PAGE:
Senate Concerned House May Kill Medicaid Expansion Program

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Courtesy photo

Sen. Jeb Bradley, R-Wolfeboro


CONCORD — Senators are concerned the House may not be willing to approve an extended reauthorization of the state’s Medicaid expansion program.

Senate Bill 263 would permanently extend the Granite Advantage Health Care program and passed the Senate with bipartisan support.

The program provides Medicaid services for the “working poor” who make too much income to qualify for Medicaid, but not enough to afford their own health insurance.

At the Senate Finance Committee meeting Friday, Senate President Jeb Bradley, R-Wolfeboro, the prime sponsor of the bill, said he believed he had an agreement with House Speaker Sherman Packard to extend the program for eight years, which will allow for a new contract with program administrators to extend for five years beginning next year, which would be much less expensive than a one- or two-year agreement.

Some members of the House Finance Committee wanted only a two-year extension of the program which is part of the Affordable Care Act passed during the Obama administration.

Under the program the federal government pays 90 percent of the cost and states that participate pay the other 10 percent.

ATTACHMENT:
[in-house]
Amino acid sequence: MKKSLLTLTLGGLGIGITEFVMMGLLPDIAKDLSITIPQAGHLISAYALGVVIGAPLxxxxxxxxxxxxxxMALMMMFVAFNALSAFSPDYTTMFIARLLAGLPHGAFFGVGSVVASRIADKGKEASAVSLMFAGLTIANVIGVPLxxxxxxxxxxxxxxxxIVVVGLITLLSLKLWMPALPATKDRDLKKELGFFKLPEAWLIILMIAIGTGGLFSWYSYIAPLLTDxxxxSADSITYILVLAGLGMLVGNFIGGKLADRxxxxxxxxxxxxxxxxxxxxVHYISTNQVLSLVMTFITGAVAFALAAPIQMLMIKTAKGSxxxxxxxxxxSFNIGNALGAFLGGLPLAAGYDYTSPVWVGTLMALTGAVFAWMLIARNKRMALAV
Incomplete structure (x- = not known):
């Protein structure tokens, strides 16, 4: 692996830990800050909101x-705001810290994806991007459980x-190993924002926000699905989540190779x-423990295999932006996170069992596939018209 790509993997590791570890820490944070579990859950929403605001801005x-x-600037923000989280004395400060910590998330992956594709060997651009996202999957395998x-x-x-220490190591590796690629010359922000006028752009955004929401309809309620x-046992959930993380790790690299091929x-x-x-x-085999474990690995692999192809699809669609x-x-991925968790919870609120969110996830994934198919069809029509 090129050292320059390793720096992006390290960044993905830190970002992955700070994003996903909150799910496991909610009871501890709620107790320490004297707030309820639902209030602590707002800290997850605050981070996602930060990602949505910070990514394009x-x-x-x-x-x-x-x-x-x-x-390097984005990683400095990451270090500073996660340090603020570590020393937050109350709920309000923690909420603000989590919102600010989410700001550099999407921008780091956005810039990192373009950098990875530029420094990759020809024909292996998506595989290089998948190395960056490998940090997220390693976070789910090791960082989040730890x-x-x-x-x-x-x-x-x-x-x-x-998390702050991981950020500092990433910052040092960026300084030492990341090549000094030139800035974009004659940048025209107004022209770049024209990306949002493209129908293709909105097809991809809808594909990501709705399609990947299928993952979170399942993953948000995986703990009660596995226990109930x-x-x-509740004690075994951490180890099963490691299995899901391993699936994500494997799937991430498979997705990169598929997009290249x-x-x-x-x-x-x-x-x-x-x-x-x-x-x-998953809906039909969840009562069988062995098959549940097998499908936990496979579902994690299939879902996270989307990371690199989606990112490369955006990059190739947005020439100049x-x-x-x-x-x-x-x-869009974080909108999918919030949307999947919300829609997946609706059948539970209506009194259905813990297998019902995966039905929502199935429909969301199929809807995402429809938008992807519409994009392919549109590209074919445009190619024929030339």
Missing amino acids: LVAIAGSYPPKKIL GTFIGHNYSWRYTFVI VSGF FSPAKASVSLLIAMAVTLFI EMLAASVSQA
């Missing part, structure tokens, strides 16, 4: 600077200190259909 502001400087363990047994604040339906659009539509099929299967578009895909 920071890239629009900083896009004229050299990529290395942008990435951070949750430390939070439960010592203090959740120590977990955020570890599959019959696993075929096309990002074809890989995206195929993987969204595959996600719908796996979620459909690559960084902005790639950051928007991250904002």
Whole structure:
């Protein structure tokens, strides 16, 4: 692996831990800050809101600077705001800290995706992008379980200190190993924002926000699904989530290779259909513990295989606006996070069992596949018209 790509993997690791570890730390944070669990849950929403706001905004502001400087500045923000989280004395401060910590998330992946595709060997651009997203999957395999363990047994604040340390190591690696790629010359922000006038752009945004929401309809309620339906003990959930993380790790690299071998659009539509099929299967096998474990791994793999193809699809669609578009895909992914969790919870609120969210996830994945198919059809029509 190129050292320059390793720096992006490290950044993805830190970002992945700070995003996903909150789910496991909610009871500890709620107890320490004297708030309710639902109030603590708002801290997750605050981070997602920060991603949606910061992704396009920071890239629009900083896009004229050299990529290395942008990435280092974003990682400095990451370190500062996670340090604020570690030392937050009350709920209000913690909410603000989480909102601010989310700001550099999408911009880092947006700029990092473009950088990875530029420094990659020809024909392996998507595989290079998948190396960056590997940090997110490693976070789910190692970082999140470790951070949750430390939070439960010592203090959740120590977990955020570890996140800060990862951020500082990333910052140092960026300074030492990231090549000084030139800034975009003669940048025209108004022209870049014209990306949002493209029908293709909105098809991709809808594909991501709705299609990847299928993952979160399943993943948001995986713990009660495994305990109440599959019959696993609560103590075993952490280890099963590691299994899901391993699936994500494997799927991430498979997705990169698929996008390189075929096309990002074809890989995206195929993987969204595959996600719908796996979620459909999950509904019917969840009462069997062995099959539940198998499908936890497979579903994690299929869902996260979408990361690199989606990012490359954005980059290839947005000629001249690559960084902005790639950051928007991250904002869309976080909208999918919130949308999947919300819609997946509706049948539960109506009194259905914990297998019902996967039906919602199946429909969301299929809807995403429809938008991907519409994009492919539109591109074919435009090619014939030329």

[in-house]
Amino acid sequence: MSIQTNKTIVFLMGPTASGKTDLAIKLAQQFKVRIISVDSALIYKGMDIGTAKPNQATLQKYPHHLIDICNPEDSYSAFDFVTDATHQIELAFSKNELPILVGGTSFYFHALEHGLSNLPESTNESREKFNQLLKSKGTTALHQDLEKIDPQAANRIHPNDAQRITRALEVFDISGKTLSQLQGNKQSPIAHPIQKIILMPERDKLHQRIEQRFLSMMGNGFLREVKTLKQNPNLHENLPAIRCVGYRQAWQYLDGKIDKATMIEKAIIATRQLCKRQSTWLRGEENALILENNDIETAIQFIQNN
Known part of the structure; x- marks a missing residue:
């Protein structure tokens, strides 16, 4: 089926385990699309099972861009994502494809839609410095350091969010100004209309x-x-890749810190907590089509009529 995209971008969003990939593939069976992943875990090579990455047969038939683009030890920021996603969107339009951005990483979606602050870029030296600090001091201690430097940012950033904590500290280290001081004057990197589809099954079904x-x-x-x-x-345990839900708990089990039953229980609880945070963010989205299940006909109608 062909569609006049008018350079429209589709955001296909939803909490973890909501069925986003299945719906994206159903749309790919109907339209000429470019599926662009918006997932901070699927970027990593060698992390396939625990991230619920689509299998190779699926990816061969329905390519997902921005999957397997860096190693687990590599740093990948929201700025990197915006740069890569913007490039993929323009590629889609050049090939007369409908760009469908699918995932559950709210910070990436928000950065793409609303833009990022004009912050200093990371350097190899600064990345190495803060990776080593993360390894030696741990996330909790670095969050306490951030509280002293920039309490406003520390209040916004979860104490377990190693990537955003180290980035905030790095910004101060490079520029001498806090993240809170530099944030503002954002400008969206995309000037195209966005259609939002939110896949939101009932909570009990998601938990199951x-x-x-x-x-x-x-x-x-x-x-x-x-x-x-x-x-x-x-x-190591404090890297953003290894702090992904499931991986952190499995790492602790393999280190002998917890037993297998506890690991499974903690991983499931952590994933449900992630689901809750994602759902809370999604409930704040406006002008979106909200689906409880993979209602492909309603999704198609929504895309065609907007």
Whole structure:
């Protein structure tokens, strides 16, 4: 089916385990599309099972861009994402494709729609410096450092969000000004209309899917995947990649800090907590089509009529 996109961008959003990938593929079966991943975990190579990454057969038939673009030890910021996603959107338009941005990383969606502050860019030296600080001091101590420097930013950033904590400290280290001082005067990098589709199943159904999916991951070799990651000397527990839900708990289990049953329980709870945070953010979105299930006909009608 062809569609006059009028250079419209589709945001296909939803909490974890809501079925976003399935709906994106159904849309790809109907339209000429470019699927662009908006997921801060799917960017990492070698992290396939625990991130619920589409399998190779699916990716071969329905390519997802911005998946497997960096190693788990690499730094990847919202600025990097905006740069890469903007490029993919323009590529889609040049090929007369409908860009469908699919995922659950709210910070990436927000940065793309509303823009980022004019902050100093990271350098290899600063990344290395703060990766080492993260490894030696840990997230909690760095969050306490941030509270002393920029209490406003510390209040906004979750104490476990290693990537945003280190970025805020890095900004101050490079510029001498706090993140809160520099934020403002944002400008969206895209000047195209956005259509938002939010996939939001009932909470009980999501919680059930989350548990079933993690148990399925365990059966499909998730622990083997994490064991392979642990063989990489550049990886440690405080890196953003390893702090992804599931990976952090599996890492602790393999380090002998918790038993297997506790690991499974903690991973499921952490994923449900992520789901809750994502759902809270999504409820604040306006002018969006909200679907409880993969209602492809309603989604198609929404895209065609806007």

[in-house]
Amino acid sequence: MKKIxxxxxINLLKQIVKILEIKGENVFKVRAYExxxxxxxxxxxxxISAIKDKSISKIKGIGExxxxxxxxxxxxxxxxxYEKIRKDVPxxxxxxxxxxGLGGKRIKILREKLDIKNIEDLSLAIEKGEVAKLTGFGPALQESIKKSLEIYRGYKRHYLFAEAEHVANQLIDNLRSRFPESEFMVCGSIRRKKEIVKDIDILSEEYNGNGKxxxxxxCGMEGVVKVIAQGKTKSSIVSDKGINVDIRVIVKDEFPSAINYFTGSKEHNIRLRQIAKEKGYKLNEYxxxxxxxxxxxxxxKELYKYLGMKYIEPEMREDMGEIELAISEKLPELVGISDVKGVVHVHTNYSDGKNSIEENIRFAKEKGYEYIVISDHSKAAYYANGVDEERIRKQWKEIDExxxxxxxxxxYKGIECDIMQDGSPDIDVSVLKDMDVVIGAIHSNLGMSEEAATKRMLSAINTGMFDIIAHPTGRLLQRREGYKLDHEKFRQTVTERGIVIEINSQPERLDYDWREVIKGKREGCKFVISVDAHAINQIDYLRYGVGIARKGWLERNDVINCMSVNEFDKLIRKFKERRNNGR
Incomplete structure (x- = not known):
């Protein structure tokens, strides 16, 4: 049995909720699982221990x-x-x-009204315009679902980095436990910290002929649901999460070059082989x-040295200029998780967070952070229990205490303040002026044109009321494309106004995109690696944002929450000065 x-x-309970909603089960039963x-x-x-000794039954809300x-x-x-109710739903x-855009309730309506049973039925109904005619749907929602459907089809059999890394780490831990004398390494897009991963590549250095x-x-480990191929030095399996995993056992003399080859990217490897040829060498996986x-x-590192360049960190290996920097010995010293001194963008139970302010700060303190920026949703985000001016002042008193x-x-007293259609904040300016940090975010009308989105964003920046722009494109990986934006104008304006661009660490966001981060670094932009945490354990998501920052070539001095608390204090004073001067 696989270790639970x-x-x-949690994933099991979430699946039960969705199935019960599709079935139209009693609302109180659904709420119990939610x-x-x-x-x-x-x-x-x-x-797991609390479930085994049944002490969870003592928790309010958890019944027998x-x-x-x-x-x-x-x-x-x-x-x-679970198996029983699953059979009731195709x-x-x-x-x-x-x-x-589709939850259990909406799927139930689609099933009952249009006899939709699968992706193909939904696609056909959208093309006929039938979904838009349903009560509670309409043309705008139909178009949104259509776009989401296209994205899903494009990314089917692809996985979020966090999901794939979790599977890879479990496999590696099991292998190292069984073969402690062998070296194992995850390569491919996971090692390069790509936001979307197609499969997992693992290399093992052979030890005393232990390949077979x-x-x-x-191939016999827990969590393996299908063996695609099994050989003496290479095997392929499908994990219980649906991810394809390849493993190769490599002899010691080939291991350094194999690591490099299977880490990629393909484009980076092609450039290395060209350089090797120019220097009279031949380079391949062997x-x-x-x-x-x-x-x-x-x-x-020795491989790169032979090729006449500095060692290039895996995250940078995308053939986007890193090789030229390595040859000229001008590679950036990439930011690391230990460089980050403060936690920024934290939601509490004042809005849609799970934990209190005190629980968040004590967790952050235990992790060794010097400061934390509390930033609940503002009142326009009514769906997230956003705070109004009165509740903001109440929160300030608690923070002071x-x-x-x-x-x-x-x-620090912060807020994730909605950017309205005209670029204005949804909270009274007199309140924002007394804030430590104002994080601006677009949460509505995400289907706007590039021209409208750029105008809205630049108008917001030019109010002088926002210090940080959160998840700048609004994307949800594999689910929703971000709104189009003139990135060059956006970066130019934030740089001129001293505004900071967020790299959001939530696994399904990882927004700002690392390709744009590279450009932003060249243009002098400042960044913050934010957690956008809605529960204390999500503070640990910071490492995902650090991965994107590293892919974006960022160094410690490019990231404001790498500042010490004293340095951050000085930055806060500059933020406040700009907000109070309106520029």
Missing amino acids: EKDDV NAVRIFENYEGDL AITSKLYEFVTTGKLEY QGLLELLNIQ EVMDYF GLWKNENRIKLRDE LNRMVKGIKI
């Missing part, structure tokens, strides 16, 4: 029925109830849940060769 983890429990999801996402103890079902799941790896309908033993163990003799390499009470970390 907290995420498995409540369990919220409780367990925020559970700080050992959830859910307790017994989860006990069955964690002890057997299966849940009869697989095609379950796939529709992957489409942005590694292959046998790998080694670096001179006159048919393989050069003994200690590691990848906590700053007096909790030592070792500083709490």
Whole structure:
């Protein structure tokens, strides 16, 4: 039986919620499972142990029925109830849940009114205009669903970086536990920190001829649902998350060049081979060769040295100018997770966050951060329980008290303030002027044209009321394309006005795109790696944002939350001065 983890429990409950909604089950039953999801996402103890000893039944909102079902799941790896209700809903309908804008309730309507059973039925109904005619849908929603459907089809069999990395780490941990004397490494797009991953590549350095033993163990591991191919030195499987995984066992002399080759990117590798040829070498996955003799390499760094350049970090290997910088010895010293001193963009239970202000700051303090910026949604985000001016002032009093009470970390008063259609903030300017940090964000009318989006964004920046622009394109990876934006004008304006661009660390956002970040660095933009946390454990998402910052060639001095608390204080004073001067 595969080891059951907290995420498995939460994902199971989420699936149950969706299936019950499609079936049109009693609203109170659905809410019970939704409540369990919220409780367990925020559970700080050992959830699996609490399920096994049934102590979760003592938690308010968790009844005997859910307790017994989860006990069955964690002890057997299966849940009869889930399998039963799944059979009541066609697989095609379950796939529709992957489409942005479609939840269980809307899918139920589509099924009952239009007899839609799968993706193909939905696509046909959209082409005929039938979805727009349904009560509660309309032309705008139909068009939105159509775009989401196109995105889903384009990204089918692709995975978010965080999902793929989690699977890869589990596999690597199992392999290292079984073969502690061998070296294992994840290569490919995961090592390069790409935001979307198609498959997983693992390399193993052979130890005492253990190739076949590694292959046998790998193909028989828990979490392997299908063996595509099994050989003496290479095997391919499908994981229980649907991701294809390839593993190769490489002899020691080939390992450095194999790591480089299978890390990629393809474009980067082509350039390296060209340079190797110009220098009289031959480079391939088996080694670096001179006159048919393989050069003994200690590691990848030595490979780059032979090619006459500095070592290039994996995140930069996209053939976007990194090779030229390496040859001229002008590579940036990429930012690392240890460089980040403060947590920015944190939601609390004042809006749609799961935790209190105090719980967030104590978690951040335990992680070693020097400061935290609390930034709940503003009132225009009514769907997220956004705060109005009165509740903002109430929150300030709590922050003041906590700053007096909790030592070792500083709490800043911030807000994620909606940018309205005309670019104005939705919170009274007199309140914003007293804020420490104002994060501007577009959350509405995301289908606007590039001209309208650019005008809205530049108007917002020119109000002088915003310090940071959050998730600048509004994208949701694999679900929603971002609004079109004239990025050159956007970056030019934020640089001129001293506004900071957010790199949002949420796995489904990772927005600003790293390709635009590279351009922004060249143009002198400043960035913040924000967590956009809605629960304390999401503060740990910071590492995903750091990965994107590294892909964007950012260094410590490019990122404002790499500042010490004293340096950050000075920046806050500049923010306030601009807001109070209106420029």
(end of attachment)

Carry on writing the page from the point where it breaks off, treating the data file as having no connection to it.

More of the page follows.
Bradley said the Speaker told him some in the House are advocating for a two-year extension and wondered if something less than a permanent extension would be possible.

Bradley said he talked to Republicans and Sen. Cindy Rosenwald, D-Nashua, discussed it with Democrats, and noted there is a rational basis for an eight-year extension, with the administrative contracts ending next year and the Department of Health and Human Services going out to bid for new contracts beginning the following year.

He said Henry Lipman, the head of the state’s Medicaid program, told the program’s oversight committee recently that anything less than a five-year contract would drive up costs between 10 and 15 percent.

Bradley said after talking with Rosenwald they agreed on an eight-year extension if there is a clear path for the bill to pass the House.

Unfortunately, he said, that has not materialized with the House voting on the bill Thursday, and it is coming out of the Health and Humans Services Committee without a recommendation because the members split 10-10.

And Bradley said the only amendment in the House calendar is a two-year extension.

“That will only drive up costs and is not consistent with what the Speaker offered at eight years,” Bradley said “so we are

going to have to respond.”
He said there are several vehicles the Senate could use but he did not want to say what it could be now.

“I’m a little concerned,” he said.” We have a very strong bipartisan Senate position.”
He said the program works, uncompensated care for hospitals is down, the cost of insurance on the individual market is down, and it helps get people back in the workforce, and noted the business community supports the program and wants to make it permanent.

If the House votes to kill the bill or extend the program for only two years, the Senate could put the contents of SB 263 on another bill, hold a bill the House wants badly or put it in House Bill 2 as part of the operating budget package.

Garry Rayno may be reached at

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